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BloomLocke367
 one year ago
Help? I'm pretty sure I have it, but not 100%
BloomLocke367
 one year ago
Help? I'm pretty sure I have it, but not 100%

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BloomLocke367
 one year ago
Best ResponseYou've already chosen the best response.0The highest speed achieved by a standard nonracing sports car is \(3.50\times 10^2~km/hr\). Assuming that the car accelerates at 4.00m/s, how long would it take this car to reach its maximum speed if it is initially at rest? What distance would the car travel during this time?

BloomLocke367
 one year ago
Best ResponseYou've already chosen the best response.0I for sure have the first question (and work to prove it) but I'm not sure if I need to do one more step on the last question. The units are throwing me off.

BloomLocke367
 one year ago
Best ResponseYou've already chosen the best response.0@Nnesha, can you help?

mathmate
 one year ago
Best ResponseYou've already chosen the best response.2Yes, units are the key!

mathmate
 one year ago
Best ResponseYou've already chosen the best response.2I prefer to work with metres/second, because these are standard / basic units.

mathmate
 one year ago
Best ResponseYou've already chosen the best response.2so 3.5*10^2 km/hr = 350 km/hr = 350*1000 m / 3600 s. = 875/9 m/s (exact conversion)

BloomLocke367
 one year ago
Best ResponseYou've already chosen the best response.0The first thing I did was convert km/hr to m/s by doing \(\Huge(\frac{350km}{1hr})(\frac{1hr}{60min})(\frac{1min}{60sec})(\frac{1000m}{1km})\) and I got 97.2m/s

BloomLocke367
 one year ago
Best ResponseYou've already chosen the best response.0that's with keeping the right amount of significant figures.

mathmate
 one year ago
Best ResponseYou've already chosen the best response.2Yes, 97.2 m/s is correct to one place after decimal. I prefer to keep the exact values until the end, if possible.

mathmate
 one year ago
Best ResponseYou've already chosen the best response.2So what did you get for the time to accelerate?

BloomLocke367
 one year ago
Best ResponseYou've already chosen the best response.0okay then I used the formula \(v=v_0+at\) and I got 24.3s for the time.

mathmate
 one year ago
Best ResponseYou've already chosen the best response.2Yep, that's what I got too, 24.306 (if you want to be more precise). Which kinematics equation would you use to find the distance?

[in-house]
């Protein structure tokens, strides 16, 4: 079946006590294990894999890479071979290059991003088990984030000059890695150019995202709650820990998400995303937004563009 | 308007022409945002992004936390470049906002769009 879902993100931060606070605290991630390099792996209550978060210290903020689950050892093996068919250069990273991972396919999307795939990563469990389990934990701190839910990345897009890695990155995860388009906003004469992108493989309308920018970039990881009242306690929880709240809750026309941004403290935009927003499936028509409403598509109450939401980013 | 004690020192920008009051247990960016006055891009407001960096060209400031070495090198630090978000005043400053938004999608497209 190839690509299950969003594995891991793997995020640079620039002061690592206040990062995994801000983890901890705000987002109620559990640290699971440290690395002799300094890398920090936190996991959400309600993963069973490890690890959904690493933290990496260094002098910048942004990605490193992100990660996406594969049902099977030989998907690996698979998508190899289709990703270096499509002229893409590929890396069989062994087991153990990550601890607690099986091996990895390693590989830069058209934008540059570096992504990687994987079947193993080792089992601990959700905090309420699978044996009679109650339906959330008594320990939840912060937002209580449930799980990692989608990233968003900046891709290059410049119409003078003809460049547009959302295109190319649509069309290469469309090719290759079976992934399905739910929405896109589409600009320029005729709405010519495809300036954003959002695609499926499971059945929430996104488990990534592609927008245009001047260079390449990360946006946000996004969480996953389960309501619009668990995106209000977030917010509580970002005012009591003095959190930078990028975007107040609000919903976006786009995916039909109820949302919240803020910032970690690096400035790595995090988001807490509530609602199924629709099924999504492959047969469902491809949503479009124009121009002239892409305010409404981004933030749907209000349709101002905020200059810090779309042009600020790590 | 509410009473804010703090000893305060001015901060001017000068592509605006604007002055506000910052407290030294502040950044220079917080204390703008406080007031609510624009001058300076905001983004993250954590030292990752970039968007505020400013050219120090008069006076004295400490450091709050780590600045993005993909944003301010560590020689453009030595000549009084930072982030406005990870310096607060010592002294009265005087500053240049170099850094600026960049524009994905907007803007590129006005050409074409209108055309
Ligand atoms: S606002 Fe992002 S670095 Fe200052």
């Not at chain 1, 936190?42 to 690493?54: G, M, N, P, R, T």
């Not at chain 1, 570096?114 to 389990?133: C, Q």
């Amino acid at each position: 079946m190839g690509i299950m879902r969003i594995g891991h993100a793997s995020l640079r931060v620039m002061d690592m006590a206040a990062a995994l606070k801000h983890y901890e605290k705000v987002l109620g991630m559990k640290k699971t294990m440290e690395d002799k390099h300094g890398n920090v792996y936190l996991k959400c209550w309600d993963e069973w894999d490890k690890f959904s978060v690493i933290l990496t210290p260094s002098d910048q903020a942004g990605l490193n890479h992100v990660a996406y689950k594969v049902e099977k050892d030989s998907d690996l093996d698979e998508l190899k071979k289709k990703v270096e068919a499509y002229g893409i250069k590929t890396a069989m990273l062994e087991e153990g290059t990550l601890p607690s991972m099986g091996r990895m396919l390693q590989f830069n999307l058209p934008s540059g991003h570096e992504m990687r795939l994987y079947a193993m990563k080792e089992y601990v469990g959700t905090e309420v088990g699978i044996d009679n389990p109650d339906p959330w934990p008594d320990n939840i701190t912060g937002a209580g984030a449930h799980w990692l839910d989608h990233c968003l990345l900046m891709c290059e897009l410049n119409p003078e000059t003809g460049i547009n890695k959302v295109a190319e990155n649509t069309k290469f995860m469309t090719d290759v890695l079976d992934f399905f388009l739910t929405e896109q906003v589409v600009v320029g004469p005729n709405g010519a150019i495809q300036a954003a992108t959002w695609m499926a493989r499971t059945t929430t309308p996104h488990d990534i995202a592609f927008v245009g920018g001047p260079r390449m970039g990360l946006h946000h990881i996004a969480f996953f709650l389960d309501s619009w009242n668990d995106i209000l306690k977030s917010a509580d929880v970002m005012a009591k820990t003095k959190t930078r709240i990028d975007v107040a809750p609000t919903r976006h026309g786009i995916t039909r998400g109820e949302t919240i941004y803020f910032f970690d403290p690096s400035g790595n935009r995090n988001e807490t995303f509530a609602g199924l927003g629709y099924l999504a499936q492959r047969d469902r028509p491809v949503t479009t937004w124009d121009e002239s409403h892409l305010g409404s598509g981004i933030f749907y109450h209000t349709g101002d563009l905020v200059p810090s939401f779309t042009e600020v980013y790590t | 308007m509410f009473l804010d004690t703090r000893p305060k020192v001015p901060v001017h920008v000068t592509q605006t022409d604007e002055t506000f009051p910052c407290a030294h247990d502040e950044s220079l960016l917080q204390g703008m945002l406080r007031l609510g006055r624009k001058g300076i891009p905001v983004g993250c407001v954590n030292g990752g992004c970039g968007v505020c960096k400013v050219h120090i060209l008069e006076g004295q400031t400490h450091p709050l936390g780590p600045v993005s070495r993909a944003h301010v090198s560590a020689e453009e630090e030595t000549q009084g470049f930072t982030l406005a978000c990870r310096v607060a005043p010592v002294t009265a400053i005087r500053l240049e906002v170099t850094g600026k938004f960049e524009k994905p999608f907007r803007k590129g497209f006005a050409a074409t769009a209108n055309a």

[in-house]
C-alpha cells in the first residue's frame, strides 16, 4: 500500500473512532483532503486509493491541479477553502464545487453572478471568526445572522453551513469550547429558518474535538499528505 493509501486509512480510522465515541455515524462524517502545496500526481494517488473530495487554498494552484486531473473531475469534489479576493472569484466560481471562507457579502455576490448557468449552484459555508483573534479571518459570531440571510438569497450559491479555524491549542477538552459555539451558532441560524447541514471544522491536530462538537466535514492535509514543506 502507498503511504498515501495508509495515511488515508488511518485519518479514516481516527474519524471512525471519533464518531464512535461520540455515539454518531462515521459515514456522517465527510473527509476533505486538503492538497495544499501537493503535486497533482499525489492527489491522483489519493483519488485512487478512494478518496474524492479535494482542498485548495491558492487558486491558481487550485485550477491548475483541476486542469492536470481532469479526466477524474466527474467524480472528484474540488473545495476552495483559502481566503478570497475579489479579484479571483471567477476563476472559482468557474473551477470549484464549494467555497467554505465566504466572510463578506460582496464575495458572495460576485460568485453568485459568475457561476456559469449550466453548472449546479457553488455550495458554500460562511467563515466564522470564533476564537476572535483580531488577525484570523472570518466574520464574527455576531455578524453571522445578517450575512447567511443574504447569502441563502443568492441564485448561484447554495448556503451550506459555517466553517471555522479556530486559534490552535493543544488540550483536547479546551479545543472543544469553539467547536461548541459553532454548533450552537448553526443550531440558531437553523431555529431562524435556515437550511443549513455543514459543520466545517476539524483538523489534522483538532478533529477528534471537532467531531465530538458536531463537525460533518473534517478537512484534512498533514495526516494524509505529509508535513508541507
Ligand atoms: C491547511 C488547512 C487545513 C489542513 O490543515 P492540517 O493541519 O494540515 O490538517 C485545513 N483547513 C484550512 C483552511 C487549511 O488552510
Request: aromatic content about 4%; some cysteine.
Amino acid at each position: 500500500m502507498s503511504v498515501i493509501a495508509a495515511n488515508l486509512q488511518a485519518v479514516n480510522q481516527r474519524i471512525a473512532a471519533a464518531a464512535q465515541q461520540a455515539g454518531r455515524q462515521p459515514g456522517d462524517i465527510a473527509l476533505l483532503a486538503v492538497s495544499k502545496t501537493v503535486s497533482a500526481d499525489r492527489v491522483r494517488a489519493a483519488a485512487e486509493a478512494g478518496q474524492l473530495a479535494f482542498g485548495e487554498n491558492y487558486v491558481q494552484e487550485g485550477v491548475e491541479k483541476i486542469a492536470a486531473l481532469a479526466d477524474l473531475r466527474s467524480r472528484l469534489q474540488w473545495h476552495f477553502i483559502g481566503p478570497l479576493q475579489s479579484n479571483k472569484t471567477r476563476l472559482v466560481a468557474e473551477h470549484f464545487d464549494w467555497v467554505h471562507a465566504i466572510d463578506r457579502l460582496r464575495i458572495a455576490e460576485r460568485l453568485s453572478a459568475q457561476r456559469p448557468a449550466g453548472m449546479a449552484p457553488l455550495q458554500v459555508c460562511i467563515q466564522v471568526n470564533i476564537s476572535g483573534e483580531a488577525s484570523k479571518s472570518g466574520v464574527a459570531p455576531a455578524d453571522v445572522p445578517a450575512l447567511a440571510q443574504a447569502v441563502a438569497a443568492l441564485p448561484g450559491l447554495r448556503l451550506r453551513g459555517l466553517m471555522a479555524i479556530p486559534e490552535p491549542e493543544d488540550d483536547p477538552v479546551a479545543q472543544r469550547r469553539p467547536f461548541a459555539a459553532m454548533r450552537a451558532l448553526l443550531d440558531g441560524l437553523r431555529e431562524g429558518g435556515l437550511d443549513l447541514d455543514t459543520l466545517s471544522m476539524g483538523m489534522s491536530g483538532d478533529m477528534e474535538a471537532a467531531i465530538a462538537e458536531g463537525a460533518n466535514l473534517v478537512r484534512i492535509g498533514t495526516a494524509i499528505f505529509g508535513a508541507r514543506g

BloomLocke367
 one year ago
Best ResponseYou've already chosen the best response.0I used \(v^2=v_0^2+2a(xx_0)\)

mathmate
 one year ago
Best ResponseYou've already chosen the best response.2That's good! So what do you get with the distance (xx0)?

mathmate
 one year ago
Best ResponseYou've already chosen the best response.2The term v^2 will exaggerate the roundoff errors, so be sure to keep more significant figures.

BloomLocke367
 one year ago
Best ResponseYou've already chosen the best response.0welllllll, that's my problem. I got all the way down to my last step where I have to divide \(9447.84m^2/s^2\) and \(8.00m/s^2\). I got lost with the units at this point. I'm not sure what I'm left with after I divided

mathmate
 one year ago
Best ResponseYou've already chosen the best response.2Units can be manipulated exactly as variables, as you can see below. In physics (and chemistry), this is a very important technique to keep track of the units (dimensions) of the answer. With some practice, you'll be very good at it. 9447.84m2/s2 / 8.00m/s2 =9447.84 / 8 * (m^2/m) / (s^2/s^2) =1180.98 m ( I get 1181.52 m if I keep sufficient significant figures). (gtg, will be back later)

BloomLocke367
 one year ago
Best ResponseYou've already chosen the best response.0I got the same number and I thought it was only m left but I wanted to be sure I didn't need to take the square root. Thanks for the help :)

BloomLocke367
 one year ago
Best ResponseYou've already chosen the best response.0wait wait wait. How did you get 1181.52m?

BloomLocke367
 one year ago
Best ResponseYou've already chosen the best response.0Shouldn't there be only 3 significant fig?

mathmate
 one year ago
Best ResponseYou've already chosen the best response.2Yes, the answer should give only 3 significant figures. To make sure the third figure is correct, you would want to carry out your calculations keeping at least 4 or even 5 if there are powers involved. Then round to three for the answer.

mathmate
 one year ago
Best ResponseYou've already chosen the best response.2By solving (875/9)^2=0^2+2(4.00)S S=1181.52...

BloomLocke367
 one year ago
Best ResponseYou've already chosen the best response.0I got 1180.98... I'm so confused.

mathmate
 one year ago
Best ResponseYou've already chosen the best response.294.2^2=9447.84 (rounded too early) (875/9)^2=9452.16.... (exact)

mathmate
 one year ago
Best ResponseYou've already chosen the best response.2As I said earlier, whenever a number is raised to a power (like squared), the roundoff error is magnified. Squaring will double the round off error.
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